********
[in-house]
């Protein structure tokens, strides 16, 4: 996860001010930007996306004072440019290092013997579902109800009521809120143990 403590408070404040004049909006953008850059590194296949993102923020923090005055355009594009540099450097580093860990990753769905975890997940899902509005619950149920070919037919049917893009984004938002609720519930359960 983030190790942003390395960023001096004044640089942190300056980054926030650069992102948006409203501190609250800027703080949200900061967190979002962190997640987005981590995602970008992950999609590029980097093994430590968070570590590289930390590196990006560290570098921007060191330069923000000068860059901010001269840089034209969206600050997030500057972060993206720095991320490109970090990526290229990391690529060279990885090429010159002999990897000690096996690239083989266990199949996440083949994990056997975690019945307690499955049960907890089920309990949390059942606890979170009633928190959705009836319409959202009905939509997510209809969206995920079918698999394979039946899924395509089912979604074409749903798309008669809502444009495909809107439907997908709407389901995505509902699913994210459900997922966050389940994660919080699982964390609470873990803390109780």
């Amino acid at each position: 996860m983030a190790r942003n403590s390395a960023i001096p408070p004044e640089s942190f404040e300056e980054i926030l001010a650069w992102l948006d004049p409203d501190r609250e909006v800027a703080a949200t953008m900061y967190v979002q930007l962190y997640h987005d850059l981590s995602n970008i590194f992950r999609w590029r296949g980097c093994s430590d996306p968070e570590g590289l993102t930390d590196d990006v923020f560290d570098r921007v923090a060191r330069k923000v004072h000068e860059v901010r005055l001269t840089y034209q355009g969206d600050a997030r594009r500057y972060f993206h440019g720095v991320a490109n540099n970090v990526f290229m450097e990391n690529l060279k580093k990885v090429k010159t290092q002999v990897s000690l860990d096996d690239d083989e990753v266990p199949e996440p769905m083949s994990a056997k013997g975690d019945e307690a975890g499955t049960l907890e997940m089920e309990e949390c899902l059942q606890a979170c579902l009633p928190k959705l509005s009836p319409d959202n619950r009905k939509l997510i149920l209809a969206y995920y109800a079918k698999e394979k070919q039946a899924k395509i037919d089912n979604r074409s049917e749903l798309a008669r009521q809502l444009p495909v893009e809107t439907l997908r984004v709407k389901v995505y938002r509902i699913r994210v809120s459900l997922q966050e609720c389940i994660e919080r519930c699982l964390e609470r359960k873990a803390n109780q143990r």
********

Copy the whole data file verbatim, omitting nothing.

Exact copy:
[in-house]
């Protein structure tokens, strides 16, 4: 996860001010930007996306004072440019290092013997579902109800009521809120143990 403590408070404040004049909006953008850059590194296949993102923020923090005055355009594009540099450097580093860990990753769905975890997940899902509005619950149920070919037919049917893009984004938002609720519930359960 983030190790942003390395960023001096004044640089942190300056980054926030650069992102948006409203501190609250800027703080949200900061967190979002962190997640987005981590995602970008992950999609590029980097093994430590968070570590590289930390590196990006560290570098921007060191330069923000000068860059901010001269840089034209969206600050997030500057972060993206720095991320490109970090990526290229990391690529060279990885090429010159002999990897000690096996690239083989266990199949996440083949994990056997975690019945307690499955049960907890089920309990949390059942606890979170009633928190959705009836319409959202009905939509997510209809969206995920079918698999394979039946899924395509089912979604074409749903798309008669809502444009495909809107439907997908709407389901995505509902699913994210459900997922966050389940994660919080699982964390609470873990803390109780």
């Amino acid at each position: 996860m983030a190790r942003n403590s390395a960023i001096p408070p004044e640089s942190f404040e300056e980054i926030l001010a650069w992102l948006d004049p409203d501190r609250e909006v800027a703080a949200t953008m900061y967190v979002q930007l962190y997640h987005d850059l981590s995602n970008i590194f992950r999609w590029r296949g980097c093994s430590d996306p968070e570590g590289l993102t930390d590196d990006v923020f560290d570098r921007v923090a060191r330069k923000v004072h000068e860059v901010r005055l001269t840089y034209q355009g969206d600050a997030r594009r500057y972060f993206h440019g720095v991320a490109n540099n970090v990526f290229m450097e990391n690529l060279k580093k990885v090429k010159t290092q002999v990897s000690l860990d096996d690239d083989e990753v266990p199949e996440p769905m083949s994990a056997k013997g975690d019945e307690a975890g499955t049960l907890e997940m089920e309990e949390c899902l059942q606890a979170c579902l009633p928190k959705l509005s009836p319409d959202n619950r009905k939509l997510i149920l209809a969206y995920y109800a079918k698999e394979k070919q039946a899924k395509i037919d089912n979604r074409s049917e749903l798309a008669r009521q809502l444009p495909v893009e809107t439907l997908r984004v709407k389901v995505y938002r509902i699913r994210v809120s459900l997922q966050e609720c389940i994660e919080r519930c699982l964390e609470r359960k873990a803390n109780q143990r």